December 2, 2011
From the Minutes of the 2292nd Meeting:
President Robin Taylor called the 2,292nd meeting to order at 8:19 pm December 2, 2011 in the Powell Auditorium of the Cosmos Club. Ms. Taylor thanked the Policy Studies Organization for their sponsorship of the meeting's lecture. Ms. Taylor announced the order of business and introduced one new member of the Society, the speaker of the evening. The minutes of the 2,291st meeting were read and approved.
Ms. Taylor then introduced the speaker, Mr. Alexander Wissner-Gross of the Massachusetts Institute of Technology. Mr. Wissner-Gross, a Research Affiliate at the MIT Media Laboratory, spoke on "Trading at the Speed of Light: Electronic Exchanges, Computational Trading and Artificial Intelligence in Financial Markets."
Mr. Wissner-Gross believes the first superhuman artificial intelligence (AI) is most likely to emerge in the field of quantitative finance or quantitative advertising. Both fields have a strong financial incentive to model human minds and he explained that a perfect financial system would have a model of large scale human group behavior to efficiently allocate capital before demand even exists and a perfect advertising system would have a model of an individual human mind to reverse engineer consumer preferences and help demand efficiently meet supply. He believes that artificial intelligence research has moved past the "AI Winter" of the 1990s and is now delivering promising results at both the consumer and enterprise levels.
Mr. Wissner-Gross explained that financial markets are now dominated by robots and noted there has been a steady increase in the popularity of algorithmic trading such that robots make up the majority of trading volume in a number of major world markets. These robots do not sleep and constantly look for trends in the market, operating at very different, almost alien, physical parameters than humans. They are able to work on millisecond time scales and are geographically distributed around the world, which has led to the consolidation of exchanges due to the benefits associated with localizing transactions. He explained that it is critical to minimize the time taken for information to propagate from the market to you and back again, reacting to market changes as rapidly as possible. Therefore, quantitative finance is driving the development of a high-speed communications fabric around the planet and is a virtual Petri dish for planetary scale computing and networking research.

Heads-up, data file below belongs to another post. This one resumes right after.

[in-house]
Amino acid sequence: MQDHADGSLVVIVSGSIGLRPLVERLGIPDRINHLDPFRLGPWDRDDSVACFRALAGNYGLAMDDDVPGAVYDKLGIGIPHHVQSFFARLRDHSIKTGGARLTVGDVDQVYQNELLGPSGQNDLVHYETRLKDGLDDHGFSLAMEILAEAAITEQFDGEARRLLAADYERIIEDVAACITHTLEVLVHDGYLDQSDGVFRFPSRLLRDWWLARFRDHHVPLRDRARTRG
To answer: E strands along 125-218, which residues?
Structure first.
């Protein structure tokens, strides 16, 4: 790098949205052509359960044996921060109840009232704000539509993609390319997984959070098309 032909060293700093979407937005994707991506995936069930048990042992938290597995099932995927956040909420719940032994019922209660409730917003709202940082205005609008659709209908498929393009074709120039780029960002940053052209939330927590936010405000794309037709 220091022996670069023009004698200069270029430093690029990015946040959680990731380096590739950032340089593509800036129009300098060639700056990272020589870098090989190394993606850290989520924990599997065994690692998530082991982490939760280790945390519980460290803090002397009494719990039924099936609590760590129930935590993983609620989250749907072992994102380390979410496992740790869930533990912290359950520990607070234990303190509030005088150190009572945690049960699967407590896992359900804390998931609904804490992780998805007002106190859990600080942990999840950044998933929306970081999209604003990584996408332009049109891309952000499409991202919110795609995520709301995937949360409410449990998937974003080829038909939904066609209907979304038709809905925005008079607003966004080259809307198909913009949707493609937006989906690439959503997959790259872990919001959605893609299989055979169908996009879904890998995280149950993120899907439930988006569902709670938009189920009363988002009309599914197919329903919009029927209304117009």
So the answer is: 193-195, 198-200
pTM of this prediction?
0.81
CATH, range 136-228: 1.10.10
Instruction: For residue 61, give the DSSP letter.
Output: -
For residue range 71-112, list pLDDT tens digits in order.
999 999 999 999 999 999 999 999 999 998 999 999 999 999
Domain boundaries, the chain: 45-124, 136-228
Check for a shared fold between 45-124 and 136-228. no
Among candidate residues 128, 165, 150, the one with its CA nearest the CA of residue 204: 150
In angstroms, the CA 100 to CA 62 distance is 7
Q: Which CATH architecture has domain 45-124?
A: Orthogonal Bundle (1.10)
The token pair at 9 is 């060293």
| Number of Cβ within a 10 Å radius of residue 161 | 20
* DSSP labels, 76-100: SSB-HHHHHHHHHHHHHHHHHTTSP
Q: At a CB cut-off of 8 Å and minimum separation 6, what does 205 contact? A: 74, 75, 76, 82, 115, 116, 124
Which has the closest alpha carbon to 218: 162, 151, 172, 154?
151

In a 2009 paper, Mr. Wissner-Gross and a colleague showed that it is possible to achieve better effective latencies by considering trading as a spacetime process and locating the geographically perfect position to place a server designed to localize the coordination process. He explained that finance no longer respects the concept of absolute physical simultaneity and the timescales for market structure are short compared to the time for light to travel around the planet. In general, it is possible to find a ratio of prices on either side of a statistical arbitrage process to maximize profit at the time of execution and represent that solution in terms of latency. It is possible to find all the geographically optimal locations for coordinating trading with the largest equities exchanges, with some simplifying assumptions. Mr. Wissner-Gross noted that, currently, the most financially valuable land is in close proximity to the major exchanges, but you do not have to be proximal to where the trade is happening as long as you are near one of these optimal coordination locations.
Mr. Wissner-Gross concluded his talk by summarizing the potential development of a superhuman AI, where existing AIs are pushed into the financial space and latency mitigation measures are incentivized. The resulting distribution of computational ability in a planetary scale infrastructure, operating at timescales faster than human thought and at a physical scale much larger than any human, requires regulation at the interface between the physical and digital worlds. He then described, using analogies with existing or proposed quantitative finance regulatory systems, possible methods of preventing AIs from negatively decoupling from our economy and civilization. These methods include source code audits, artificially leveled trading environments, registration of AIs and their human maintainers with the government, and a centralized ability to record AI activity and to cut, throttle, or tax AI connections to the outside world. In the context of quantitative finance, he believes we may already effectively be seeing the first wave of AI regulation.